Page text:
woof: The simple single file server

Here’s nifty toy, with a clever name too: woof, short for “web offer one file.”

2013-03-19-solo-2150-woof-01 2013-03-19-solo-2150-woof-02 2013-03-19-l3-e7548-woof

It’s a one-shot, single use server with a very primitive web interface for uploading as well.

Naturally, between in-house machines it might be easier to use something like scp, rsync or even a standard nfs arrangement.

But the cool part of woof, in my meager opinion, is that all of those things probably require a running daemon.

woof just awaits a connection, and sends its information. Of course, there’s no security, probably no encryption unless you do it manually, and so forth.

I only ran into one jam with woof, and that was trying to send files out beyond my router.

For whatever reason, I couldn’t arrange woof to listen beyond my home network. I blame my router settings, but if you have any ideas, I am willing to listen.

8 thoughts on “woof: The simple single file server

  1. yannanth

    Wait, I’m not really understanding how this works. So the purpose of this is to allow people to download files from a web server program you run on your computer? Can’t you just put it in the folder of your server? Or is it a P2P-like… thing where the first person that comes to the link waits to download it? Please clarify the program’s purpose.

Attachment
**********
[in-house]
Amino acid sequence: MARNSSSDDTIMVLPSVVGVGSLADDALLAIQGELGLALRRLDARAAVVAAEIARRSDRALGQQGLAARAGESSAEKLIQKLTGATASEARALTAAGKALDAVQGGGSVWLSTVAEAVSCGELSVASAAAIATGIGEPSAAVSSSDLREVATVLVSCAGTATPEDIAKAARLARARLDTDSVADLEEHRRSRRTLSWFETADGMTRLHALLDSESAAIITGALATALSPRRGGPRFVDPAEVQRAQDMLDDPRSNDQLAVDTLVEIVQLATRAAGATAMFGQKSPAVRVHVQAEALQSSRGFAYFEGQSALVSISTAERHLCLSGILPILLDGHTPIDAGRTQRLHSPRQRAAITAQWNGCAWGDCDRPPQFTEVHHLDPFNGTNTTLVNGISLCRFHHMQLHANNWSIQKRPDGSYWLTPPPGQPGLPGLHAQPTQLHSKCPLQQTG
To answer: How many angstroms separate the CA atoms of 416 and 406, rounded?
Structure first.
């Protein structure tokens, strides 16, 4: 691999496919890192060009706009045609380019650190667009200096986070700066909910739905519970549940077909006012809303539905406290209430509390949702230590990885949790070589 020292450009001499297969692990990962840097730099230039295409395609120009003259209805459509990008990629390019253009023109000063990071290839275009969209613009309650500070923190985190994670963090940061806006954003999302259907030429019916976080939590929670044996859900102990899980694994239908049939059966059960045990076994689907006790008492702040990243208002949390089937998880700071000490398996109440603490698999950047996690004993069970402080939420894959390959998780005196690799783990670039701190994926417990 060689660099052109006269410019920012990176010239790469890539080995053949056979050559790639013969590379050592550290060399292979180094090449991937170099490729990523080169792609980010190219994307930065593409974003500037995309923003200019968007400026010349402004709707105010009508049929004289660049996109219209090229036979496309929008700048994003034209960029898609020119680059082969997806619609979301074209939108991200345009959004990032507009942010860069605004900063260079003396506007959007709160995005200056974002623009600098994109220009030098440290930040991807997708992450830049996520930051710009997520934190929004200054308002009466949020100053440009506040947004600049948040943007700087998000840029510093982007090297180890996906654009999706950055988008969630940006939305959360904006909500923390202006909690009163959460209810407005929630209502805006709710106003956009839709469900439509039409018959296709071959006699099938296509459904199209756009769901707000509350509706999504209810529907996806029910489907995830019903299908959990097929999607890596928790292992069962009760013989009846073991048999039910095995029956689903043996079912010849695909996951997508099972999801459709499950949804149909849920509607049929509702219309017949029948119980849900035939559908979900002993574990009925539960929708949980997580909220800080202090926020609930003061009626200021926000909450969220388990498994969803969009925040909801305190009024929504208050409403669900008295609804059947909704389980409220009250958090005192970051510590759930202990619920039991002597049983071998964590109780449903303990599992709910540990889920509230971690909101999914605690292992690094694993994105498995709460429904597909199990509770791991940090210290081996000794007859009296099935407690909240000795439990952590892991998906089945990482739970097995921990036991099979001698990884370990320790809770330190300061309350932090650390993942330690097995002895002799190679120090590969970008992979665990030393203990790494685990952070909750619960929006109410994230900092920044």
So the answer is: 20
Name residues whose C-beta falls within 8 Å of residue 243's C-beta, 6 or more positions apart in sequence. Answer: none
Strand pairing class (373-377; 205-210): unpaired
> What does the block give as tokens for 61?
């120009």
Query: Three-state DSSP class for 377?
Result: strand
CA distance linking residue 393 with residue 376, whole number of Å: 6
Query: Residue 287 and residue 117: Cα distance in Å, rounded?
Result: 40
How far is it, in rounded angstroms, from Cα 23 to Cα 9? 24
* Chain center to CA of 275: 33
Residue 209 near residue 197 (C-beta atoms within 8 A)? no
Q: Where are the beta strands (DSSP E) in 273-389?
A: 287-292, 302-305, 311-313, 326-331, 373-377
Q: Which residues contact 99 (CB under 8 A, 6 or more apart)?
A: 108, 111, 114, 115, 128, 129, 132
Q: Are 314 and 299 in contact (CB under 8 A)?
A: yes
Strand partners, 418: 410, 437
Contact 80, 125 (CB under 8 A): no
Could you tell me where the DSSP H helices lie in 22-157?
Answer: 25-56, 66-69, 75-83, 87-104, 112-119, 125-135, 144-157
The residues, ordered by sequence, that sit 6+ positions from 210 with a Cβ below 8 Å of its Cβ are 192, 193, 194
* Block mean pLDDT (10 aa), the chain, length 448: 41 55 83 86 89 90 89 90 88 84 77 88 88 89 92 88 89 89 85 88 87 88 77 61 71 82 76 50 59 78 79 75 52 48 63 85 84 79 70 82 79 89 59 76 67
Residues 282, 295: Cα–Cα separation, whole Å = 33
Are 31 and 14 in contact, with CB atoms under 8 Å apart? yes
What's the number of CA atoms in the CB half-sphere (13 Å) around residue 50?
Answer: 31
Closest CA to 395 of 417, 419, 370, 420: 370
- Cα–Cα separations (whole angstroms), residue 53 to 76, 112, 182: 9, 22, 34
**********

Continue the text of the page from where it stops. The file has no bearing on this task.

By the way, can I make a request? I know you don’t like music managers but I couldn’t live without them. I used Cmus for a while but eventually went back to my old graphical one. Could you try to make PyTone (http://www.luga.de/pytone/) build on modern systems? I’m not a programmer and really don’t have a clue what to do beyond following simple instructions. -.- Anyway, the interface seems like more of my thing but I obviously can’t try it. It would be really great if you could look into it.

    1. K.Mandla Post author

      You’re more or less on the money. As best I can tell it’s a one-shot, one-file server that does its work and then shuts down. So yes, first come first served, and nobody after that. Maybe that seems to defeat the purpose, but I actually have a couple of situations where that would be preferable to a full server suite, with the setup and maintenance involved.

      Like I said, I’m fairly sure the author’s intent was not as a LAN file server; of course there are much easier ways to handle that. In my case, I couldn’t wrangle with my router long enough to get it to work from beyond my own home network. But again, I suspect that was my fault.

  2. imgx64

    It’s probably not working because your router is doing NAT. You could forward port 80 to your computer and see if it works (log in to your router’s web interface and look for “port forwarding”).

    1. K.Mandla Post author

      Ah, thank you. I remember Droopy but I couldn’t remember the name. Thanks, I’ll add that to my list.

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